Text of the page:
Putting the Mystery . . . in a Mystery

Now and again, I receive the privilege of editing the odd mystery, my favorite genre (just ask the private eyes from the Triple Threat Investigation Agency).  Having touched upon the various types several months back, I thought I’d post about what makes a good mystery . . . a good mystery.

Like other genres, it contains a few necessary [vital] components:

♠  characters/protagonist(s)  ♠  setting/locale  ♠  plot/storyline  ♠  conflict(s)/friction/tension/problem(s)  ♠  solution/ending.

In terms of mysteries …you want a main character (detective, amateur sleuth, cop, grandmother, biker, you pick it) who is strong and/or likeable and is up to the task of solving the crime.  It should be a person that readers can identify or sympathize with.  Someone who is wishy-washy, weak, whiney, probably won’t cut it.  But never say never.

Given there will be a villain—the perpetrator(s) of the crime(s)—make sure you detail him/her thoroughly.  You likely won’t want to let readers know who the perp is until the end, so watch how much you reveal.  Readers can encounter the villain early in the story . . . amid a number of other potential suspects.  You’re providing a puzzle for readers to piece together, so make it both complex and entertaining.

If, however, you do wish to reveal the perp early on, you may want to let us know what makes him/her tick: why did/does he/she do what he/she did?  <LOL>  An FYI: I won’t continue reading a book if I know who the culprit is by page 50, but others may.  Personally, I want the challenge of determining who did it!

Exotic settings, like a velvety white-sand beach in the south of France, are always lovely and appealing, but a small town in Midwest USA can hold equal appeal.  Small towns are often picturesque and . . . rather soothing . . . until a murder occurs, of course.  You can even set your mystery in a fictional city or village.  Or, if you’re aiming for a mystery taking place in the future, make it another planet or galaxy.  Just ensure you provide enough details to make the setting/locale come alive (let readers envision it, smell it, hear it, feel it).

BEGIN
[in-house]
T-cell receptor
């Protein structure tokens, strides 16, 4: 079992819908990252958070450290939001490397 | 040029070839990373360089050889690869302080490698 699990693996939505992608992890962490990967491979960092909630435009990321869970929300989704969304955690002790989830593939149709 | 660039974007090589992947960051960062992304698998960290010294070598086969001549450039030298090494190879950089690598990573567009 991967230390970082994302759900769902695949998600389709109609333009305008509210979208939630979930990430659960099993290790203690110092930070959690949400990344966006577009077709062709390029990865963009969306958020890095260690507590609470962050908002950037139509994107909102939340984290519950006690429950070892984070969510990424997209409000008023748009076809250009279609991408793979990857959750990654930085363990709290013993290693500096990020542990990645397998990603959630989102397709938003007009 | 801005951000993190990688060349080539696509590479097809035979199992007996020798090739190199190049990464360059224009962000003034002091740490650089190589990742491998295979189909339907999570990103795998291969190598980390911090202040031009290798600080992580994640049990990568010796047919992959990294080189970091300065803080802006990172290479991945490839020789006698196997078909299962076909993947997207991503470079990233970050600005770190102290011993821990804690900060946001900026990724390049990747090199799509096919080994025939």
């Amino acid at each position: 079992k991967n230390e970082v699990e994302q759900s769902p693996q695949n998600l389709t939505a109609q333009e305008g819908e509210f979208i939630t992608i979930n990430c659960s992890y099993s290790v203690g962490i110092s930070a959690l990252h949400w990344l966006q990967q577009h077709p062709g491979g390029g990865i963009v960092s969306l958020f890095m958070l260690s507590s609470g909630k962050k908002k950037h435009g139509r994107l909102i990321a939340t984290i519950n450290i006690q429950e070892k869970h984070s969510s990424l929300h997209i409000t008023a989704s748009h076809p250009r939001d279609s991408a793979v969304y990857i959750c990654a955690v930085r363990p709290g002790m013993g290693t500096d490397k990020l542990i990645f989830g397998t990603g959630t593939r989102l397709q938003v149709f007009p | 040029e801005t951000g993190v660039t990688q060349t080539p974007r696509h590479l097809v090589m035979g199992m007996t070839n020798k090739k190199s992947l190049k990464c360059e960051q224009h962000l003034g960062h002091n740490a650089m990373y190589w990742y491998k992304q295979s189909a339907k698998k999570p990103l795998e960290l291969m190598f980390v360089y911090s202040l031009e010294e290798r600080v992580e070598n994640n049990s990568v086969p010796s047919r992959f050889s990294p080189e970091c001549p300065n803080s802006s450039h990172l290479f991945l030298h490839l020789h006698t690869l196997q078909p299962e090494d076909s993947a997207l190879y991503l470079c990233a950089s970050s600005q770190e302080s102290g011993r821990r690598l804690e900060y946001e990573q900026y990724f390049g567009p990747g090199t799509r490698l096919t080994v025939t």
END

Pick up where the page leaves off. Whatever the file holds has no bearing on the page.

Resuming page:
Consider where the crime took place and where [other/potential] suspicious actions occur.  Big cities have long, dim and dank alleys.  But a nightclub, with strobe lighting, can make for an equally daunting place, depending on how you “paint” it.  Weave from one place to the next; variety is the spice of life.  Small towns and rural settings have dark, deserted barns, winding dirt roads lined by tall leafy trees.  But they may also have a diner run by a neurotic cook and weird waitress.  The sky is the limit.  Paint, paint, weave, weave.

Your plot can be complicated—twists and turns work well in a mystery—but do ensure events and actions make sense and that any loose ends are tied up at the end.  And who says a mystery has to revolve around a murder or two?  They do make for more “fun”, but your story can just as easily incorporate a robbery or kidnapping that the main character has to figure out.  Whodunit!?

A lot of mystery lovers enjoy being yanked right into the crime/action.  I’m one of those.  But, you know, I’ve found mysteries that open with casual discussions in comfy salons with a blazing fire can work quite well, too.  It’s a matter of how you present the discussion (dialogue) and characters.  Tweak our interest.  Being yanked in is fun, but a nudge or prod can work well, too.

On the way to the solution/ending, add a red herring or two.  Mystery readers love to determine who the culprit is, so provide some misleading clues; don’t make it too easy.  And, when you’re ready to provide that solution, make certain that it makes sense.

You know, your main character may miss a clue, and that’s perfectly okay; why not allow readers to hone in on it while your protagonist does some head-scratching?  Know the ins and outs of the crime.  Before you write the mystery, determine the who, what, where, when, why and how.  And, lastly, the evidence: does it make sense?  Descriptions/details should be relatively comprehensive and plausible.

Some food for thought (a favorite expression of mine of late, maybe because food is a favorite of mine of late).  <LOL>

Happy trails . . . of breadcrumbs . . . and clues.

Author: tylerus

I'm primarily a writer of fiction and blog posts, and a sometimes editor and proofreader of books, manuals, and film/television scripts. Fact-checking and researching, organizing and coordinating are skills and joys (I enjoy playing detective and developing structure). My fiction audience: lovers of female-sleuth mysteries. My genres of preference: mysteries (needless to say), women’s fiction, informative and helpful “affirmative” non-fiction. So-o, here I am, staring up a new blog for aspiring and established e-Book writers. The plan: to share the (long) journey of getting to this stage, and share "learnings" and "teachings". There's a lot I hope to accomplish with this blog, but it may be a while before that happens as there's a lot on the ol' plate - taking care of Mom, working full-time, and attempting to get another book in the Triple Threat Investigation Agency series written (never mind blog postings and other writing projects). It's very challenging and it's all good. As I like to say: teeny focused baby steps are just as effective as long forceful strides. It may take a little longer, but we will get there.

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